1. Tighten control over the minerals trade in Nangarhar and across Afghanistan, especially the movements of minerals through the border between Pakistan and Afghanistan;
  2. Give local communities an interest in legal mining through a direct share of revenues and, where appropriate, community ownership of mines;
  3. Work with trade partners and consumer countries to put in place strong controls over supply chains from conflict affected areas; including a requirement for due diligence by importing companies;
  4. Carry out transparency and oversight reforms – like a single transparent sub-account for mining revenues – in order to make abusive mining more difficult and create a space for legal extraction that benefits the country and local communities.
  5. Prioritise security around the mines as part of a broader strategy to protect resource-rich areas.

For the US in particular, abuses in the Afghan mining sector should be a major security concern, but so far the Trump administration’s main priority has been to push for US companies to get more contracts for Afghan resources. The US should do three things:

  1. Make the security and reform of the sector a high level priority for its engagement with the Afghan government;
  2. Only push for new contracts in areas with adequate security, and after basic governance reforms have been made;
  3. Require US companies to carry out due diligence and rid their Afghan and Pakistani supply chains of conflict minerals.

The Afghan government has made clear and welcome commitments to most of these reforms, but they have yet to be implemented – upcoming amendments to the Afghan Mining Law will be a key test. A ban on the talc trade was imposed in early 2015, but was lifted later that year under pressure from traders.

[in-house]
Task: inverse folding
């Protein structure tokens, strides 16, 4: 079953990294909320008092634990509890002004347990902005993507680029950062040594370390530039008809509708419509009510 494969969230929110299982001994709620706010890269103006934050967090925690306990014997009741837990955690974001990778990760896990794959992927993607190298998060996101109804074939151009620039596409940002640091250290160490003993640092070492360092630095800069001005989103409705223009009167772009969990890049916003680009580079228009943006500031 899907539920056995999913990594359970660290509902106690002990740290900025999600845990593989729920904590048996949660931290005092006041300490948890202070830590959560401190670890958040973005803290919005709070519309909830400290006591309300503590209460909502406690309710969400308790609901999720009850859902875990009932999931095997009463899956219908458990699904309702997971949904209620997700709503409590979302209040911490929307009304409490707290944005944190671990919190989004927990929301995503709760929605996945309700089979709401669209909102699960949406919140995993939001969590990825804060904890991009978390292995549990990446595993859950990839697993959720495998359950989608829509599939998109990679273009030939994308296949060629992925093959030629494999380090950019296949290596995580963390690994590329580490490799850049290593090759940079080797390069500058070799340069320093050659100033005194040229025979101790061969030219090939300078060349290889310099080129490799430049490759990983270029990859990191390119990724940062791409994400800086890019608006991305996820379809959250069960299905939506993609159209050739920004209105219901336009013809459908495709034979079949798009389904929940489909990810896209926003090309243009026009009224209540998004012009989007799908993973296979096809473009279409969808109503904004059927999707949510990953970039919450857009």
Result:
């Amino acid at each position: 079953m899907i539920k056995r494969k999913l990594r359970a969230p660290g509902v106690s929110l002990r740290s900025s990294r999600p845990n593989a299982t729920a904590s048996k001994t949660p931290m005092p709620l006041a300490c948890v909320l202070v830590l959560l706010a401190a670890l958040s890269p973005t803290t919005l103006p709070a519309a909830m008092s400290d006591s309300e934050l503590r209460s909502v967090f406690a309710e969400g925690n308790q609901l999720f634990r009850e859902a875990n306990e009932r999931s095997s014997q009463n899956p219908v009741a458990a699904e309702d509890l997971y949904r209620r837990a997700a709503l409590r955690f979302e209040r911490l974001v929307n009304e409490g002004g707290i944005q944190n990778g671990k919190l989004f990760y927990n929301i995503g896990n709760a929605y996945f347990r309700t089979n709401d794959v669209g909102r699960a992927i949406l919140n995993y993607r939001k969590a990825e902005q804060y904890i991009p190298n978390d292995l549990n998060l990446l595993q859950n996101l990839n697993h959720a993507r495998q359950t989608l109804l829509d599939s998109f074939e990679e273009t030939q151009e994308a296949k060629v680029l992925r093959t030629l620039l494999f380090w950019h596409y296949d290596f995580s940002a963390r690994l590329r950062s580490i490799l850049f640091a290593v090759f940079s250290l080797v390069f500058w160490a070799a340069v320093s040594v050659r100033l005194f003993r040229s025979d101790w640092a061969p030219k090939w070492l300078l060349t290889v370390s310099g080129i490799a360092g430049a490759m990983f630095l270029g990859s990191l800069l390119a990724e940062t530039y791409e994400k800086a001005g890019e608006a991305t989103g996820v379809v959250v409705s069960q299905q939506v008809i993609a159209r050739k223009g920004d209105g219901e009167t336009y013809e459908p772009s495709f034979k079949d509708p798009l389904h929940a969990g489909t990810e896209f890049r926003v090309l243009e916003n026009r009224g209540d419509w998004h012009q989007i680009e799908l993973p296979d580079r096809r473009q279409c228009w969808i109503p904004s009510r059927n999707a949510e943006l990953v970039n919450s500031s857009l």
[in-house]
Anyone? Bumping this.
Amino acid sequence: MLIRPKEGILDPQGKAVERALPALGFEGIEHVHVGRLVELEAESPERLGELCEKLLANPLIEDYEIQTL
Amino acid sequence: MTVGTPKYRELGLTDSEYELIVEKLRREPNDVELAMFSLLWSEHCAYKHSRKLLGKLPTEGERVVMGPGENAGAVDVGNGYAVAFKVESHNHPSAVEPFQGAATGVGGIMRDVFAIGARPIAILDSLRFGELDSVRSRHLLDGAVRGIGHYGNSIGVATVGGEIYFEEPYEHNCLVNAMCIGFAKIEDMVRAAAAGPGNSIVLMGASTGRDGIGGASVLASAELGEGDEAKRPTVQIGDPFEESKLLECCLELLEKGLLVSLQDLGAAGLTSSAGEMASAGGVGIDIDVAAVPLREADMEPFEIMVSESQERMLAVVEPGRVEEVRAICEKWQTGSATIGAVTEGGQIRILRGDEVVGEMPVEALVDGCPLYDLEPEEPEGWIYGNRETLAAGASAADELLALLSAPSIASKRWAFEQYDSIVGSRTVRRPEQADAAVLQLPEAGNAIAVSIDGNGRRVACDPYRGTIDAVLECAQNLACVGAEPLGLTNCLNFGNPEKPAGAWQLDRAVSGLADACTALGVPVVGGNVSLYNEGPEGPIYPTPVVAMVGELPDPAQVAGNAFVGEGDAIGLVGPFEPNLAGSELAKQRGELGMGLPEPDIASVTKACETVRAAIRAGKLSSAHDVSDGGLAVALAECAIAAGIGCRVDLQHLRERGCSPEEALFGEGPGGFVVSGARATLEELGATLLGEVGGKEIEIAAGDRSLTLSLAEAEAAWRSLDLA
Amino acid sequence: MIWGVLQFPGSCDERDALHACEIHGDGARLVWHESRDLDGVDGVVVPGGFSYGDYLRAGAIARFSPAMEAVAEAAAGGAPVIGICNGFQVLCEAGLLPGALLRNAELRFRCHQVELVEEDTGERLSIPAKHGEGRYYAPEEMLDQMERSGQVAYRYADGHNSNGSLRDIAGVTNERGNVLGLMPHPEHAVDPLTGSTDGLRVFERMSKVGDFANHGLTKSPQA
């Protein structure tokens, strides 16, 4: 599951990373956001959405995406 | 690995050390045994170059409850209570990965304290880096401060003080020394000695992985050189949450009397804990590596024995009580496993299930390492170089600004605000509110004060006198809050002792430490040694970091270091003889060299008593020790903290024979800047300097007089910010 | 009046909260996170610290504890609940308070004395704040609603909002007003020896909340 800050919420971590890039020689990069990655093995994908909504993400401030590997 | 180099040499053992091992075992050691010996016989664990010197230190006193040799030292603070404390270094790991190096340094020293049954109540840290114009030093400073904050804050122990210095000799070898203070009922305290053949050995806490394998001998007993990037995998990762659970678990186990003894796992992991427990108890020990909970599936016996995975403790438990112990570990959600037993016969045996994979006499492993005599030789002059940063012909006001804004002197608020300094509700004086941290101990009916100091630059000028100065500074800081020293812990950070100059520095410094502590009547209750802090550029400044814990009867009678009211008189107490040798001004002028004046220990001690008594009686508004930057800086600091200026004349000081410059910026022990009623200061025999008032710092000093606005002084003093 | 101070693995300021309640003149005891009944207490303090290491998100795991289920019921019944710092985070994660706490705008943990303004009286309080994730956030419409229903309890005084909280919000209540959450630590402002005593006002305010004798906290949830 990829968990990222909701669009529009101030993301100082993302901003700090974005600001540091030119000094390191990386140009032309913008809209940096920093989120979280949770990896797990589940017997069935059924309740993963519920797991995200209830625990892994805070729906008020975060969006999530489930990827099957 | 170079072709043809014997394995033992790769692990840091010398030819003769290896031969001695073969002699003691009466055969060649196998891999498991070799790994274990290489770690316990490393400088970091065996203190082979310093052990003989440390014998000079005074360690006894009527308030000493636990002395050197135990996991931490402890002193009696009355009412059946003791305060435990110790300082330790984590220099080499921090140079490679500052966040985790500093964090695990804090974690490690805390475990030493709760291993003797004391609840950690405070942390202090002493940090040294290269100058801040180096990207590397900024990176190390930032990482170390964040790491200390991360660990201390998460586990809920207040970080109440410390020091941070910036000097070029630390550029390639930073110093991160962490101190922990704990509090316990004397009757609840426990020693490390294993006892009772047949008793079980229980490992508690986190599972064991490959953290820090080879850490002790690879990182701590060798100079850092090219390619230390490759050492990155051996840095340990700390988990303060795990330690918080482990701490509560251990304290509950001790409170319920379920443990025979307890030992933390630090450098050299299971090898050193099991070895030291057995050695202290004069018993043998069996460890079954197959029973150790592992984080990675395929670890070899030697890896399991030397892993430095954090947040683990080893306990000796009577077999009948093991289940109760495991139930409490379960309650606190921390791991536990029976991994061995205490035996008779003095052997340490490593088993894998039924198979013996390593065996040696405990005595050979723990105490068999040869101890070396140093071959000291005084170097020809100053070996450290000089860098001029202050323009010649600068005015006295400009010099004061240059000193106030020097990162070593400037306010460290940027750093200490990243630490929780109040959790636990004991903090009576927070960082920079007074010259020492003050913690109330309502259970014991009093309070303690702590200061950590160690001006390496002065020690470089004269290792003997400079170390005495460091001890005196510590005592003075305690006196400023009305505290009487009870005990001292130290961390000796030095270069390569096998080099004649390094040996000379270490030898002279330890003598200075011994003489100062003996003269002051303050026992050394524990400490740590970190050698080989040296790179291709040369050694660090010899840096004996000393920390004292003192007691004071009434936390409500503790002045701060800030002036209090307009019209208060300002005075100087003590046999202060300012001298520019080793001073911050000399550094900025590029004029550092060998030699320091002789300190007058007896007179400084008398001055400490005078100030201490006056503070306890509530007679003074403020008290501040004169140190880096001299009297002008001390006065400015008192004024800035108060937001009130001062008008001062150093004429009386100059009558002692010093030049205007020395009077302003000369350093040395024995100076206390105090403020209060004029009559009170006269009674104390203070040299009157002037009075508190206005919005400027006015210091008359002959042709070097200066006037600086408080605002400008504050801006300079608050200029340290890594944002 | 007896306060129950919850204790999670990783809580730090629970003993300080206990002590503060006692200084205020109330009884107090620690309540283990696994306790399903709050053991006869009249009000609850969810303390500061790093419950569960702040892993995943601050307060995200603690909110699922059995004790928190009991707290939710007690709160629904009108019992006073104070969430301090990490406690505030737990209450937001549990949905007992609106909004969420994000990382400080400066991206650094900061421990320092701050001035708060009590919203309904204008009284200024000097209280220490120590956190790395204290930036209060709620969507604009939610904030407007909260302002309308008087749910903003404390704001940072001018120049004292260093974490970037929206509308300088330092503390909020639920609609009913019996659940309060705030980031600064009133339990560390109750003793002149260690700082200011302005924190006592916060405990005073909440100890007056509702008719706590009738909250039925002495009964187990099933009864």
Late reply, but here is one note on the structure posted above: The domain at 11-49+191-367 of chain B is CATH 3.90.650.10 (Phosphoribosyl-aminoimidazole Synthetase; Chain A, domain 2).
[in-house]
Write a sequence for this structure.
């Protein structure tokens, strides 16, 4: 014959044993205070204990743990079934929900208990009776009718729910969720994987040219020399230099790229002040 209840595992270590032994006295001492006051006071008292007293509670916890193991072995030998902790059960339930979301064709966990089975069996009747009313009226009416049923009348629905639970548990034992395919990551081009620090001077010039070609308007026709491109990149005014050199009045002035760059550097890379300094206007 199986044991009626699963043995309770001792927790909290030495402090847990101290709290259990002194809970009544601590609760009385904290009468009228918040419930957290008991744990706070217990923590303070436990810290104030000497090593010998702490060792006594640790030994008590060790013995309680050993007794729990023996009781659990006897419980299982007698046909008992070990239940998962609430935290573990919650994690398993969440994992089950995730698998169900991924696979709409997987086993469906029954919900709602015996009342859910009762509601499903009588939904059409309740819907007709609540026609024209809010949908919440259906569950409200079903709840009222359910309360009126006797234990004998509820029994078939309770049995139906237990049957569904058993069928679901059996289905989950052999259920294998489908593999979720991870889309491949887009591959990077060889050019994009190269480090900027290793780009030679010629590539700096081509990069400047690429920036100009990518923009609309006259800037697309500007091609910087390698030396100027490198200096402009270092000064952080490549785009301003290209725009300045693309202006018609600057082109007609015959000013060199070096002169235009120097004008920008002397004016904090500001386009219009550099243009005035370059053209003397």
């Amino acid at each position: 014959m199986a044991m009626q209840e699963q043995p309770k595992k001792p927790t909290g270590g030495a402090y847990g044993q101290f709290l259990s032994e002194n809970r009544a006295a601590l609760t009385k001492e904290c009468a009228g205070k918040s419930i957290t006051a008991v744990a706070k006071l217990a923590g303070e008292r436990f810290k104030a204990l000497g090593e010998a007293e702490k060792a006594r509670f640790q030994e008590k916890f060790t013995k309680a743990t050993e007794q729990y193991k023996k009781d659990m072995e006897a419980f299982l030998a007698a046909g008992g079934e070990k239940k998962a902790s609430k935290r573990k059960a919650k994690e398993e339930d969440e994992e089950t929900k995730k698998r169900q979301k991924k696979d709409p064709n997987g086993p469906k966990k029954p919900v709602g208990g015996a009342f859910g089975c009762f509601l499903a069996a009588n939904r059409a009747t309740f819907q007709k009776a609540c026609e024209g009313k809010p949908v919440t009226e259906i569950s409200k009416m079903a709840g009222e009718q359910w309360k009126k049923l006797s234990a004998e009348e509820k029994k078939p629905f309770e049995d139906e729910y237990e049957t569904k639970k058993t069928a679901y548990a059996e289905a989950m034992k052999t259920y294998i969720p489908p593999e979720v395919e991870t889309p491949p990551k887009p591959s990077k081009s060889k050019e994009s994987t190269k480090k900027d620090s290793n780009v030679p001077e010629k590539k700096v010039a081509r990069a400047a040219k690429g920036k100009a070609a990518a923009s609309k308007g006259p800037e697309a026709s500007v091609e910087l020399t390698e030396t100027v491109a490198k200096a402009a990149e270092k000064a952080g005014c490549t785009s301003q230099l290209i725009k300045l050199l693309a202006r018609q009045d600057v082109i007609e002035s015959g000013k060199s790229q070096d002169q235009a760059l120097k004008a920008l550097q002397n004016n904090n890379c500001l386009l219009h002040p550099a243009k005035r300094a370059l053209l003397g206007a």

“The Afghan government and its partners need to start treating this problem with a sense of urgency that matches the scale of the threat,” Donovan said. “They are counting on Afghanistan’s resources to fuel development and fund the government, but as our research shows all too clearly, without immediate action, they are far more likely to fuel more corruption and conflict.”

NOTES FOR EDITORS

  1. The full text of the report ‘At any price we will take the mines’: the Islamic State, the Taliban, and Afghanistan’s white talc mountains is available here. Supporting photo and video B-roll are available upon request.
  2. The report uses satellite imagery and interviews with a range of sources to show the extent of ISKP and Taliban control of mines. Major talc mines, as well as chromite and marble, are located within the main ISKP-controlled area around the Momand valley in Nangarhar’s Achin district. The available satellite imagery does not appear to show vehicles or machinery in the area, and several sources denied mining had taken place since ISKP seized it in mid-2015. At the same time, multiple other credible sources reported that ISKP have indeed benefitted at least to some extent from extraction, with some indicating they have done so with a tighter grip and greater investment than the Taliban. Some of these sources provided supporting evidence. ISKP were also widely agreed to have levied a modest tax on talc removed from stockpiles near the Momand valley in early 2017, a movement visible in the satellite data. As early as 2015, an ISKP commander Global Witness interviewed described control of resources in Badakhshan as a key priority, saying: “at any price we will take the mines.”
     
  3. The global talc industry is predicted to grow to around US $3.29 billion by 2021. An estimated 380,000 tons of talc was imported into the United States in 2017. On average around 35% of US imports are from Pakistan, according to the US Geological Survey. From our research we also estimated that around 80% of Pakistan’s 2016 exports of talc actually originated in Afghanistan. Of those exports, 42% went to the US, and another 36% went to EU countries, especially the Netherlands and Italy. See report for more details and sources.